From the Trail, Part 1: It’s Personal.

Last week, I wrote about why I ran for Searcy City Council.  I felt it was important to set the record straight, especially after so many rumors were circulated during the campaign.  Now that the dust has settled a bit, I thought I should share some lessons I learned about running a serious, positive campaign in a cut-throat political climate.  Obviously I do not have all of the answers (if I did, I would likely be alderman-elect right now).  But you can bet I learned more during this campaign than in my four years of undergraduate study in political science.

I have decided to call this series “From the Trail.”  Every few days, I hope to post some musings about my experience.  Hopefully some of this information will be beneficial to those of you who run for public office in the future.

So this is Part 1, titled “It’s Personal.”  Politics, particularly at the local level, is solely personal, in both the most positive & most negative connotations of the term.

Positively personal. Perhaps the best part of my campaign experience was being able to go door-to-door & meet hundreds of people just like me.  We might disagree on a few things here or there, but all things considered, we’re the same–decent, hard-working Americans who want honesty & openness from our elected officials.  I sincerely enjoyed the opportunity to visit with those of like & unlike mind.  It was a sharpening experience for me.  I hope they feel the same way.  These conversations have culminated into lasting friendships.  They also culminated into 44% of the vote in my column.

As a candidate, people want to know you. They want a chance to shake your hand, look into your eye, & form a first impression of your character.  If you never knock on their door, they never have that opportunity & they will probably stay at home on election day.

Negatively personal. Just as a handshake & a good smile can seal the vote, a bad hairdo or even the wrong job can cost you.  In a campaign as small & as personal as mine, voters are incredibly picky about their candidates.  Some said they would not vote for me because I had facial hair.  Others could not support me because of my particular church congregation.  Then some said they could never vote for me because they did not think my small business was serious enough (I still haven’t quite figured that one out).  I say all of this to prepare you:  your most basic characteristics, traits & beliefs will be questioned & criticized.  It’s the political culture we’ve created in the U.S.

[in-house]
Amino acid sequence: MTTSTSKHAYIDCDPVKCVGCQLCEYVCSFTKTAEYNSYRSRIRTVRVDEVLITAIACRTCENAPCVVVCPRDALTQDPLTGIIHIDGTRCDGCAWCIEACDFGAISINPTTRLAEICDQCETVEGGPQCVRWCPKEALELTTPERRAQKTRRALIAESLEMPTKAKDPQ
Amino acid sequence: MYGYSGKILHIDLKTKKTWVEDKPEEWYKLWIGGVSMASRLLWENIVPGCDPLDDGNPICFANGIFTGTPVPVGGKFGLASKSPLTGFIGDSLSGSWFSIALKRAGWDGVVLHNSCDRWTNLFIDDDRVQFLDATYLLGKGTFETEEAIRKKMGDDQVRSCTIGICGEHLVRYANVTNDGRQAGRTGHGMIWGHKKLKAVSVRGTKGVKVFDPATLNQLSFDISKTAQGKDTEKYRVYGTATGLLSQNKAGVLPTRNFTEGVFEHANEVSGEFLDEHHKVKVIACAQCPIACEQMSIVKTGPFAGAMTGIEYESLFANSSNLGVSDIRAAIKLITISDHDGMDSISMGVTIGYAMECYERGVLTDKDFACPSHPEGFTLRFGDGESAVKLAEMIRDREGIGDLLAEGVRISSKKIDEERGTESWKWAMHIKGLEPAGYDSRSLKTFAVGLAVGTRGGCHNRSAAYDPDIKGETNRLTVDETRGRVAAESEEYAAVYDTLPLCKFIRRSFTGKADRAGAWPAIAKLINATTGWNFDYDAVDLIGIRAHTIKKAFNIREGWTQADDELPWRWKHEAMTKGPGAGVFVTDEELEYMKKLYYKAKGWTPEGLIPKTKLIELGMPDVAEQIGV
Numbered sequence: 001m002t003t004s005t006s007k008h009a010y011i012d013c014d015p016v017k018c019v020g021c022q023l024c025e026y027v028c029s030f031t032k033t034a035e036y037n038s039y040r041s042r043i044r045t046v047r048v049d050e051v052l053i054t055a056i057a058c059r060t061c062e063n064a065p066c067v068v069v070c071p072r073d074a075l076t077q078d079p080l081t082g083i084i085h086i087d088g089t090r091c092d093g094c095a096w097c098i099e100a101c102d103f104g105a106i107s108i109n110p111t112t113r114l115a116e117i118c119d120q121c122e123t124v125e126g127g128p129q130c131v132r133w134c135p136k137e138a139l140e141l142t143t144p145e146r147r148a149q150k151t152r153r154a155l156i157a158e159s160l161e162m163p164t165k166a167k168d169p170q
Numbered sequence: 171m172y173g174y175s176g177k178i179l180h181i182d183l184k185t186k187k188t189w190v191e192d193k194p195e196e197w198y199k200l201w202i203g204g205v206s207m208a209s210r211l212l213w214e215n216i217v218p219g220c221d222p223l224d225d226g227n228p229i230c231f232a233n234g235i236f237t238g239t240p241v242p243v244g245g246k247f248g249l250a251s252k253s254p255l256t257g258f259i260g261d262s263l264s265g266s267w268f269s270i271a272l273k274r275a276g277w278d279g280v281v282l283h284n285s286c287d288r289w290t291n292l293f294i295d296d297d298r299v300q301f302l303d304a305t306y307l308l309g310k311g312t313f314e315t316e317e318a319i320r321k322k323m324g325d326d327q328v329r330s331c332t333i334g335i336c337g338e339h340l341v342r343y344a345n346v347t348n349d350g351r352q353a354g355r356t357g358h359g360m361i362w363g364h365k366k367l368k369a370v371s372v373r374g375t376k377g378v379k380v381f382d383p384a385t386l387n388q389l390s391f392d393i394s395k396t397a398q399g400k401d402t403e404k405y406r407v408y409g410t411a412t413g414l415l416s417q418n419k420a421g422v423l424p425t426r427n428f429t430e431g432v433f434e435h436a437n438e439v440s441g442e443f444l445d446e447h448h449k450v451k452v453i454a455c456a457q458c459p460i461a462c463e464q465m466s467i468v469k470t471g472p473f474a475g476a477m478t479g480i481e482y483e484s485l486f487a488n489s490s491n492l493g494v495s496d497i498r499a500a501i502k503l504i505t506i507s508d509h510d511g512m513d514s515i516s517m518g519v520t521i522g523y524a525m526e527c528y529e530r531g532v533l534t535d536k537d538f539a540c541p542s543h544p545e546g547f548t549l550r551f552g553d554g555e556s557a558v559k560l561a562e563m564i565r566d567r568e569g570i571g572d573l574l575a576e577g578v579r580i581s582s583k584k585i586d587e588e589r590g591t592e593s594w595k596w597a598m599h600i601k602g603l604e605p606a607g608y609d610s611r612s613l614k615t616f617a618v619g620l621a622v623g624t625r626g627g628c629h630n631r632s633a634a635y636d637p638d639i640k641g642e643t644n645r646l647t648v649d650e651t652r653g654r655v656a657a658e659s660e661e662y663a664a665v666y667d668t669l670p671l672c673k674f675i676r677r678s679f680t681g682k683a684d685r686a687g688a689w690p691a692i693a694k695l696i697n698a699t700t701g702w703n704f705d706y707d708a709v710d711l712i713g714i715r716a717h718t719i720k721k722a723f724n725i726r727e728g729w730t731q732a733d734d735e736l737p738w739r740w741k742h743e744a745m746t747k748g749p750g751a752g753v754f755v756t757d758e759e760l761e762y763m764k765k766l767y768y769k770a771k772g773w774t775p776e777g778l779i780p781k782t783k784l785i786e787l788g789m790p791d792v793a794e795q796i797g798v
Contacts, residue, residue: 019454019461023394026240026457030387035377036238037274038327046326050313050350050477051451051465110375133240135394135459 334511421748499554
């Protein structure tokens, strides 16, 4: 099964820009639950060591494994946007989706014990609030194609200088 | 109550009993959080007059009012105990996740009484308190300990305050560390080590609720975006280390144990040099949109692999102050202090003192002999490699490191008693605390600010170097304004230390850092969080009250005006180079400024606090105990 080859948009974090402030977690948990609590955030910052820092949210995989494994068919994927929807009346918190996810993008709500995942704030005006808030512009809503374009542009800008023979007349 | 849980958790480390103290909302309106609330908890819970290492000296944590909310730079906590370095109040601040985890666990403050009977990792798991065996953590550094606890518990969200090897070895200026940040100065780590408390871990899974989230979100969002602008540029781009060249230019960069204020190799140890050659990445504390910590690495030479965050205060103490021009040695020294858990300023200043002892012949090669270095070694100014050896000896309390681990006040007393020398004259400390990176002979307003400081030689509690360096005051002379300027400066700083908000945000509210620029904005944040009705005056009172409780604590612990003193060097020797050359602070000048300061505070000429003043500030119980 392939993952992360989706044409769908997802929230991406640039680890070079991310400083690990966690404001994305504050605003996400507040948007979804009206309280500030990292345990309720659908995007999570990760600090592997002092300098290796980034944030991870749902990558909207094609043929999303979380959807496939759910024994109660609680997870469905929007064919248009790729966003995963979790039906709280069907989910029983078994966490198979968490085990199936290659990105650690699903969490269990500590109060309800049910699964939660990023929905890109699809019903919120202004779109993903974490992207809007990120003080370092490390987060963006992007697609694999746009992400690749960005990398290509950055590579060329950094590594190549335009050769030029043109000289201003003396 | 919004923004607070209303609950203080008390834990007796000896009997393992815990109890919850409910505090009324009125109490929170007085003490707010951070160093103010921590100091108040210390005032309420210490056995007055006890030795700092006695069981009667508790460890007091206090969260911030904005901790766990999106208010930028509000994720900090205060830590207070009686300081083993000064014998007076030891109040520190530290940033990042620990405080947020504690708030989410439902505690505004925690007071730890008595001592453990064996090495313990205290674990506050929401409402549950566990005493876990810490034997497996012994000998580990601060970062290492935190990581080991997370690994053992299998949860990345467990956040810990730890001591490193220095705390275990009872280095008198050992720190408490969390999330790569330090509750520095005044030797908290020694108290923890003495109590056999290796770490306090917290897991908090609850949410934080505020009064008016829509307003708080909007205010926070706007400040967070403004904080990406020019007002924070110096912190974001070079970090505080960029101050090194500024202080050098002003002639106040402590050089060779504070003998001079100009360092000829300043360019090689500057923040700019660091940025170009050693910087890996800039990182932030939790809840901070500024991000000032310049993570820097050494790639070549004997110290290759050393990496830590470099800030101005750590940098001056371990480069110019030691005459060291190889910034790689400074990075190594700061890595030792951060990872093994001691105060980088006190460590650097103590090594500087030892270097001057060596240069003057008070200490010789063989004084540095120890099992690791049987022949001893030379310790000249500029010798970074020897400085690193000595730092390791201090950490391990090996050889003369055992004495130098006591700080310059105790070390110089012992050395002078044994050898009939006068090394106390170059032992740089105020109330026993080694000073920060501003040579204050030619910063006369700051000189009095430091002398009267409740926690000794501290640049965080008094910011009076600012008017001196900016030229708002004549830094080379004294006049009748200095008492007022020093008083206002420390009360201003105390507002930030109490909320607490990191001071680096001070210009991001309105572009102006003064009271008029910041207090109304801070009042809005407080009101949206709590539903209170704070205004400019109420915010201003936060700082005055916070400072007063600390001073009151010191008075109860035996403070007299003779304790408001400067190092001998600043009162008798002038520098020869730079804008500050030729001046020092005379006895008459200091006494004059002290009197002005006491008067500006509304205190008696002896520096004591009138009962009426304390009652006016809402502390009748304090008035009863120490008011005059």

I hope I do not sound bitter or whiny here–I was fully prepared for this type of environment.  But not everyone is and I question whether or not it is a healthy part of our political discourse.  Everything goes; everything is fair game.  Be prepared, not necessarily to defend yourself, but to explain yourself.  If you do not know yourself, you cannot be a good candidate.

Should you decide to seek public office, be prepared to be scrutinized for the most basic parts of your life & being.  It’s all fair game.  And as soon as a voter finds some minuscule criticism of you, your opponents will capitalize on it, knowing that, if nothing else, they will get at least one vote.

More to come.



Nicholas Horton is the Editor of The Arkansas Patriot & former Searcy City Council candidate.  He owns a small business in Searcy.  In his spare time, he volunteers with various political campaigns & writes for The Liberty Bell.  Contact Nicholas at & follow him on Twitter.


One comment

  1. Pingback: From the Trail, Part 2: Be Yourself «

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